Veronica Tonus: [00:26:57] I have them give me a thumb scale where like. Thumbs up, as I have all of the brain we can use brain and thumbs down is I spent all of my brain earlier today, I have nothing left. Can we just play hot cross buns? I don’t know how to do anything else anymore. And so I kind of I check in with them and based on how they’re feeling and how much they’re able to give that day, I’ll meet them where they are and try to still accomplish those same goals, making sure that they are working together. They’re expressing themselves. I’m not overworking them just for the sake of trying to get something at a particular grade level. And that’s I think I do that a lot more and see that need a lot more in my kids these days. And a lot of them are very my students are very open about their mental health issues and their struggles and what they’re trying to do. And a lot of them share with me what it feels like to be in band class and that just, oh my gosh, I have to hold it together in front of them. But I mean, it breaks my heart what the what the kids are going through. But I’m glad to be a small part of trying to trying to help them heal a little bit or try to help them at least endure and keep going through and find positives in their day.

Mindy Peterson: [00:28:08] Well, it’s encouraging to hear that that generation is open about where they are in talking about it and just kind of aware of those types of things, because I think for so long there’s been such stigma around mental health issues, and it’s great to hear that that’s breaking down and people are becoming. It’s something that’s being talked about more openly and acknowledged, and there’s just more of an awareness about it.

Veronica Tonus: [00:28:34] Absolutely. And I think they’re doing a great job to being open about the benefits of using medication for certain things, too. So like a student will straight up, come up to me and say, Hey, Miss Thomas, you know, I just we are we just switched to a new medication and it’s really like the side effects are making me feel really foggy right now. So if I’m if I look like I’m zoning out in class, I’m not trying to. I’m just I’m trying to adjust to this new medication because it wasn’t working for me before. Like, they’re they’ll just say that. And I yeah, and I love that they’re really breaking those patterns because even I feel a lot of stigma about that too.

Mindy Peterson: [00:29:15] Sure. Well, before I close things out, are there any myths or misconceptions that you think are out there about the field of band directing that you’d like to correct?

Veronica Tonus: [00:29:28] I think the biggest one that I thought about earlier was for middle school specifically that it’s some god awful place filled with honks and squeaks. And I don’t know how you could manage to listen to that all day, and I think I want to share with people. The biggest and well-kept secret is that middle school is amazing. They are wonderful human beings. They are open to exploring themselves and exploring themselves through music. And the best part of my day is seeing a light bulb go off in a kid’s eyes. And I love the moment when they figure something out for the first time. Same thing with elementary band where, you know, honestly, the most beautiful sound I have ever heard is not like the L.A. Philharmonic. The most beautiful sound I have ever heard is the very, very first clarinet squeak that a kid did not know that they could make. They make it and their eyes, their faith, their whole face lights up and it changes, and they’re a little bit afraid of what they just did, you know? But it’s so great. And honestly, that’s what gave me life after coming back from online learning was like coming back and getting that first clarinet squeak. I didn’t know that’s what I needed. And so that’s that’s why I love what I do. And, you know, Misconception two about music teachers. It’s not all life consuming. I do have other interests outside of music and outside of teaching. Not all of us, not all of us. Just eat sleep, breathe music all of the time. We’re also people.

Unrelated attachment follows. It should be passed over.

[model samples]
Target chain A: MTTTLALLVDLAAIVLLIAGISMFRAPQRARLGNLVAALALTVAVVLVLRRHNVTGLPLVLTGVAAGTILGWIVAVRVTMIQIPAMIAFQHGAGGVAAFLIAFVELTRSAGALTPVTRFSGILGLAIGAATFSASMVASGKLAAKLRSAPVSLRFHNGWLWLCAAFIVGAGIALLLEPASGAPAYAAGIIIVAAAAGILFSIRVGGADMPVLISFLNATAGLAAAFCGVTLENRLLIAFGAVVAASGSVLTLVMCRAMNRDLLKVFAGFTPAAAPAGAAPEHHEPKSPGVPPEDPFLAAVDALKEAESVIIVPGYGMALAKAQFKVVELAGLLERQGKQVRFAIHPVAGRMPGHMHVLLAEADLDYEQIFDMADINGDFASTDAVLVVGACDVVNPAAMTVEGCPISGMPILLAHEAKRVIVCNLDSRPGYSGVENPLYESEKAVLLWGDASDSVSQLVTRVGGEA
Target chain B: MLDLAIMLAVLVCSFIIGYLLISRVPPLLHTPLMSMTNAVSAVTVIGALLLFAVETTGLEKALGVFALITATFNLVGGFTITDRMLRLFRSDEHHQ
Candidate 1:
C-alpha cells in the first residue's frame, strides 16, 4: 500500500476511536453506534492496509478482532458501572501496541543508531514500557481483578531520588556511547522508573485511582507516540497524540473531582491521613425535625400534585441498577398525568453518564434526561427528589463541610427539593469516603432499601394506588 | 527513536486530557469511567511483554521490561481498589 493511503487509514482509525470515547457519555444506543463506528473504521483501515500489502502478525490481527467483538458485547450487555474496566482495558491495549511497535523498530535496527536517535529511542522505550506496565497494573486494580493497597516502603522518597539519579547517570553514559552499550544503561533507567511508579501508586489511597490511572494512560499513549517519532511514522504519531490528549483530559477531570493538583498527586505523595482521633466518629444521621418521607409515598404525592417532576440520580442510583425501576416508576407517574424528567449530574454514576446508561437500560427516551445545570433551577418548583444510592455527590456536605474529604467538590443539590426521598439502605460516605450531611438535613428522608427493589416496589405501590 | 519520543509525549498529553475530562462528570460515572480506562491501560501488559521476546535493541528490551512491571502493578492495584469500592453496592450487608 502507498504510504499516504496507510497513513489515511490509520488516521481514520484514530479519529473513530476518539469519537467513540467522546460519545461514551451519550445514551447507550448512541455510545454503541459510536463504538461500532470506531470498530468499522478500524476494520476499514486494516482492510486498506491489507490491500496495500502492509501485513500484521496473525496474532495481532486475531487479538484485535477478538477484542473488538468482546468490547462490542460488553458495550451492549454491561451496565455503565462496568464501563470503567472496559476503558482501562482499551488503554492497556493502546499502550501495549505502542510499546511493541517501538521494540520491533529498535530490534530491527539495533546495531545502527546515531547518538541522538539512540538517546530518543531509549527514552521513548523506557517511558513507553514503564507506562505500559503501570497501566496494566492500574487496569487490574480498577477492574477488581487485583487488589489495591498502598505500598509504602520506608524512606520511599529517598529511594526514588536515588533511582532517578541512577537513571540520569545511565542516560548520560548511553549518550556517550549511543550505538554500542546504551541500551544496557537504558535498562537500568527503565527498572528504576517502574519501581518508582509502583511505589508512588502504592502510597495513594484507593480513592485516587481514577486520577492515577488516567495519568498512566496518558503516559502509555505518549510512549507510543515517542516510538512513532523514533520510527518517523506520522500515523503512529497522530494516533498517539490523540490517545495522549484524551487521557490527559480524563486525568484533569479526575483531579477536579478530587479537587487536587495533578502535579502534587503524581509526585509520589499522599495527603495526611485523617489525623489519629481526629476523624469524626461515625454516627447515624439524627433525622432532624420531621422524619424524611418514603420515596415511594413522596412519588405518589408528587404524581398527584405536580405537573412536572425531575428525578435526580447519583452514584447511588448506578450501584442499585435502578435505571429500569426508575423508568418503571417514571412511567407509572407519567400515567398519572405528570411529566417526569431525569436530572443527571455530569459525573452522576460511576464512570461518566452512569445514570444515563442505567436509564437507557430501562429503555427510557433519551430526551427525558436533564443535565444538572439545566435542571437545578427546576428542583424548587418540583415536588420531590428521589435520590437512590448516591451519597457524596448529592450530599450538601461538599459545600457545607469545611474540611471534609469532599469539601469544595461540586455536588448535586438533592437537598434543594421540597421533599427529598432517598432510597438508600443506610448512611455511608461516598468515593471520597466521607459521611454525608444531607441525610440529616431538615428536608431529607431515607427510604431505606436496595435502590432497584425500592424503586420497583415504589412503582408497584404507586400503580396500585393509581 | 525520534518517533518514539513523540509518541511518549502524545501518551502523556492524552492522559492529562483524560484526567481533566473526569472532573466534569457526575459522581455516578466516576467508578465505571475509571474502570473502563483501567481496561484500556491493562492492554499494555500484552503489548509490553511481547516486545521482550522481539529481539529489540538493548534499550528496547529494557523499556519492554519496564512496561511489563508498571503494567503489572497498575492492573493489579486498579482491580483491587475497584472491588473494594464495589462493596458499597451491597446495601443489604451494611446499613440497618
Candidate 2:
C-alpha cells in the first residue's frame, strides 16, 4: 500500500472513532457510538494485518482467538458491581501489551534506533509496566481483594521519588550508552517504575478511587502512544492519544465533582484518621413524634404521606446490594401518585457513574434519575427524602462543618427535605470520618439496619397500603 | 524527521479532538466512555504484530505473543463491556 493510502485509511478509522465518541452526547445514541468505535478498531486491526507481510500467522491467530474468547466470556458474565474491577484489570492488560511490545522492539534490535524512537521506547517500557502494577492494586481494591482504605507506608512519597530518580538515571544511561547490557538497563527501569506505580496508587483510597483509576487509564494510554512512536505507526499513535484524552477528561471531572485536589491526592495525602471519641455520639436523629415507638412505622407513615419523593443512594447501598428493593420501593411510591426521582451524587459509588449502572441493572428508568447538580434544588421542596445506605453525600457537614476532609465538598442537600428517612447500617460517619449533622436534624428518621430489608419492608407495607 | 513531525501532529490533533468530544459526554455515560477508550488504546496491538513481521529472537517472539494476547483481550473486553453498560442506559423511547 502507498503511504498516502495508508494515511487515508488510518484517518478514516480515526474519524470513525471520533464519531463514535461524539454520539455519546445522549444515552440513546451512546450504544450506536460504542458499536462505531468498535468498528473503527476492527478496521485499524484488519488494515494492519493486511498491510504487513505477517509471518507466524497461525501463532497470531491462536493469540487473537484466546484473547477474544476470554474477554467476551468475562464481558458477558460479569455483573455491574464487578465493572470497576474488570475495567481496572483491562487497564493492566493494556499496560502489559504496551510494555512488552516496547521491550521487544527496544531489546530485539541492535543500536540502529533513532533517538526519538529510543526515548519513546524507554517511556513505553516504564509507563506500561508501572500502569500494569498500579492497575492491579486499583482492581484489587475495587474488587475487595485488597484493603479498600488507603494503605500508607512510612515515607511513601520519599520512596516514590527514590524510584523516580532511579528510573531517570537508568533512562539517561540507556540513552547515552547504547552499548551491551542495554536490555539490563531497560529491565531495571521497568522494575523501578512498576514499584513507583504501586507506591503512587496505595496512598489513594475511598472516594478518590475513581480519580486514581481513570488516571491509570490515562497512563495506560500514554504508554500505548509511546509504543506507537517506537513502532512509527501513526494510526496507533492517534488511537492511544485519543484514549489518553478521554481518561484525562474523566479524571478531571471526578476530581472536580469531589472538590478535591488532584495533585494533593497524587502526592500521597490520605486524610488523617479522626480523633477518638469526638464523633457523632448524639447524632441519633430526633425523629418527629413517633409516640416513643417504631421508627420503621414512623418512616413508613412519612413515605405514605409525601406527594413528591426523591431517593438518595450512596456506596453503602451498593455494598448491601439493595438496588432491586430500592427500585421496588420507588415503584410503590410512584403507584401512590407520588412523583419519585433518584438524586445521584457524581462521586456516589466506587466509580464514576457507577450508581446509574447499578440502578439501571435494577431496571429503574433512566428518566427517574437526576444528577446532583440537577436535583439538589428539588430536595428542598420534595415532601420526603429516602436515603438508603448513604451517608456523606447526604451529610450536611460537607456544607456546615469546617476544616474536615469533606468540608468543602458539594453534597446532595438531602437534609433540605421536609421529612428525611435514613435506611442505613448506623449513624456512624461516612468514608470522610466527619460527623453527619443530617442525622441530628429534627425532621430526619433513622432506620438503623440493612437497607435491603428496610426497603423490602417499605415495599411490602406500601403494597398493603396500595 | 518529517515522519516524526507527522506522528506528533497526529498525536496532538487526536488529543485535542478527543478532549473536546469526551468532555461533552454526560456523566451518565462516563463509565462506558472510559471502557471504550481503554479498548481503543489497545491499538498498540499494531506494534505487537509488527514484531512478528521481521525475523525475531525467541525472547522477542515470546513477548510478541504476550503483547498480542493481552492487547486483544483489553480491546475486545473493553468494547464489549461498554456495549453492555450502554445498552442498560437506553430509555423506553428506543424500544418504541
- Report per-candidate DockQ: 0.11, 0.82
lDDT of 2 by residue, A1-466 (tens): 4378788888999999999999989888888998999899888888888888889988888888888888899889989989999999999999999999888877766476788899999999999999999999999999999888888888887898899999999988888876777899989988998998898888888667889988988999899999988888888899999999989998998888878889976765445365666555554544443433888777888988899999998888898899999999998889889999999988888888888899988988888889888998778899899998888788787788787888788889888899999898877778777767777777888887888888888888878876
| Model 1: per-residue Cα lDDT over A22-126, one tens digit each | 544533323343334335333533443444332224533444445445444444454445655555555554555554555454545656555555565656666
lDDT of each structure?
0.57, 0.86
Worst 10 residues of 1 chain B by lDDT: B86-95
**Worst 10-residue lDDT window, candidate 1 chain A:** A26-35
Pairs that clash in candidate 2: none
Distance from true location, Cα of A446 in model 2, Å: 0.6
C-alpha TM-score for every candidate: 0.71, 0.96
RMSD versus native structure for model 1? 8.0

Mindy Peterson: [00:31:11] Yeah. Well, I am totally with you on that first misconception in terms of I also love that age group. Well, real quick before I have you close us out with our coda. Tell us real quick about your amused podcast.

Veronica Tonus: [00:31:25] Yes, absolutely. So it’s amused. A Music Educators podcast. Of course, we had to have a pun as a title use Ed Amused podcast anyway, so this started out of the same idea that I was referring to before that whole isolation bit. Yeah, it is myself, my husband, who is a high school music teacher, my best friend, who is a high school choir teacher, and our other friend who previously was the marching band teacher at marching band director at UC Davis, but is now at Oregon State University. So the four of us would. Get together in our living room and we put a recording device in the middle and we would just talk, we would talk about our mistakes of the week. We would cop to something that didn’t go right or we would share a story of, Oh my gosh, you would not believe this field trip disaster that just happened to me this week and we would talk to one another about maybe a topic that we were interested in trying to figure out, figure out something about our teaching and get input from our colleagues. And then we would end with a win of the week because one of the hardest things to do when you are trying so hard to learn something.